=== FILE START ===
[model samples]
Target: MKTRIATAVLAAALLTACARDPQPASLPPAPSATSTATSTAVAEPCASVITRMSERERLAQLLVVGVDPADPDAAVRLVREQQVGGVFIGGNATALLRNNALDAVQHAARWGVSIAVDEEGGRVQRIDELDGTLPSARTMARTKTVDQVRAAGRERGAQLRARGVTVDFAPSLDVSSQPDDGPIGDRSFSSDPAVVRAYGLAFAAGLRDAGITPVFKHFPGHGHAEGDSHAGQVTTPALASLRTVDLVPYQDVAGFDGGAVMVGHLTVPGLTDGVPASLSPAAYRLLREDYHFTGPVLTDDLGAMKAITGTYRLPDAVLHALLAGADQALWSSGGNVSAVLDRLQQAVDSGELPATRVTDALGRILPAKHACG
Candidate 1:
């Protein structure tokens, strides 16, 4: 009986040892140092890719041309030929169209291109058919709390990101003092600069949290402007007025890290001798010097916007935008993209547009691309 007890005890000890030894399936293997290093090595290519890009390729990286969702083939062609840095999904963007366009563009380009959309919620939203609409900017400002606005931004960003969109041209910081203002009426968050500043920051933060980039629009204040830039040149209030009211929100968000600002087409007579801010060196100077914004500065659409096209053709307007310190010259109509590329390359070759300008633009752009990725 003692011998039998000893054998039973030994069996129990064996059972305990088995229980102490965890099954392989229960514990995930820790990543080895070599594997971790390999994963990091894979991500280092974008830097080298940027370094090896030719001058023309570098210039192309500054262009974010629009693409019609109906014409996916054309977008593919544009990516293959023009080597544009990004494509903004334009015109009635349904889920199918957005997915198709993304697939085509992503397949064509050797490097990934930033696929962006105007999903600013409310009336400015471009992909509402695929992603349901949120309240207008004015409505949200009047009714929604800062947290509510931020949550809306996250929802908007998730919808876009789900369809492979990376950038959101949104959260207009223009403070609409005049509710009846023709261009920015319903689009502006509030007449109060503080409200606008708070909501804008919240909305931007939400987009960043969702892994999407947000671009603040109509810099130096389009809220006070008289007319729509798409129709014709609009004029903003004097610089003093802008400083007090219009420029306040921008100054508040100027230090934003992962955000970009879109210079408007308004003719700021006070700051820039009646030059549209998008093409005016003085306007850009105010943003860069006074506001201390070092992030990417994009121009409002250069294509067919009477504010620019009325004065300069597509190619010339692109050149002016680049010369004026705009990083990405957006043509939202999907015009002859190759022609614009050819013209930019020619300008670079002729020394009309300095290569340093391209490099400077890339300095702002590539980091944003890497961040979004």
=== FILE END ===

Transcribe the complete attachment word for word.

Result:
[model samples]
Target: MKTRIATAVLAAALLTACARDPQPASLPPAPSATSTATSTAVAEPCASVITRMSERERLAQLLVVGVDPADPDAAVRLVREQQVGGVFIGGNATALLRNNALDAVQHAARWGVSIAVDEEGGRVQRIDELDGTLPSARTMARTKTVDQVRAAGRERGAQLRARGVTVDFAPSLDVSSQPDDGPIGDRSFSSDPAVVRAYGLAFAAGLRDAGITPVFKHFPGHGHAEGDSHAGQVTTPALASLRTVDLVPYQDVAGFDGGAVMVGHLTVPGLTDGVPASLSPAAYRLLREDYHFTGPVLTDDLGAMKAITGTYRLPDAVLHALLAGADQALWSSGGNVSAVLDRLQQAVDSGELPATRVTDALGRILPAKHACG
Candidate 1:
């Protein structure tokens, strides 16, 4: 009986040892140092890719041309030929169209291109058919709390990101003092600069949290402007007025890290001798010097916007935008993209547009691309 007890005890000890030894399936293997290093090595290519890009390729990286969702083939062609840095999904963007366009563009380009959309919620939203609409900017400002606005931004960003969109041209910081203002009426968050500043920051933060980039629009204040830039040149209030009211929100968000600002087409007579801010060196100077914004500065659409096209053709307007310190010259109509590329390359070759300008633009752009990725 003692011998039998000893054998039973030994069996129990064996059972305990088995229980102490965890099954392989229960514990995930820790990543080895070599594997971790390999994963990091894979991500280092974008830097080298940027370094090896030719001058023309570098210039192309500054262009974010629009693409019609109906014409996916054309977008593919544009990516293959023009080597544009990004494509903004334009015109009635349904889920199918957005997915198709993304697939085509992503397949064509050797490097990934930033696929962006105007999903600013409310009336400015471009992909509402695929992603349901949120309240207008004015409505949200009047009714929604800062947290509510931020949550809306996250929802908007998730919808876009789900369809492979990376950038959101949104959260207009223009403070609409005049509710009846023709261009920015319903689009502006509030007449109060503080409200606008708070909501804008919240909305931007939400987009960043969702892994999407947000671009603040109509810099130096389009809220006070008289007319729509798409129709014709609009004029903003004097610089003093802008400083007090219009420029306040921008100054508040100027230090934003992962955000970009879109210079408007308004003719700021006070700051820039009646030059549209998008093409005016003085306007850009105010943003860069006074506001201390070092992030990417994009121009409002250069294509067919009477504010620019009325004065300069597509190619010339692109050149002016680049010369004026705009990083990405957006043509939202999907015009002859190759022609614009050819013209930019020619300008670079002729020394009309300095290569340093391209490099400077890339300095702002590539980091944003890497961040979004």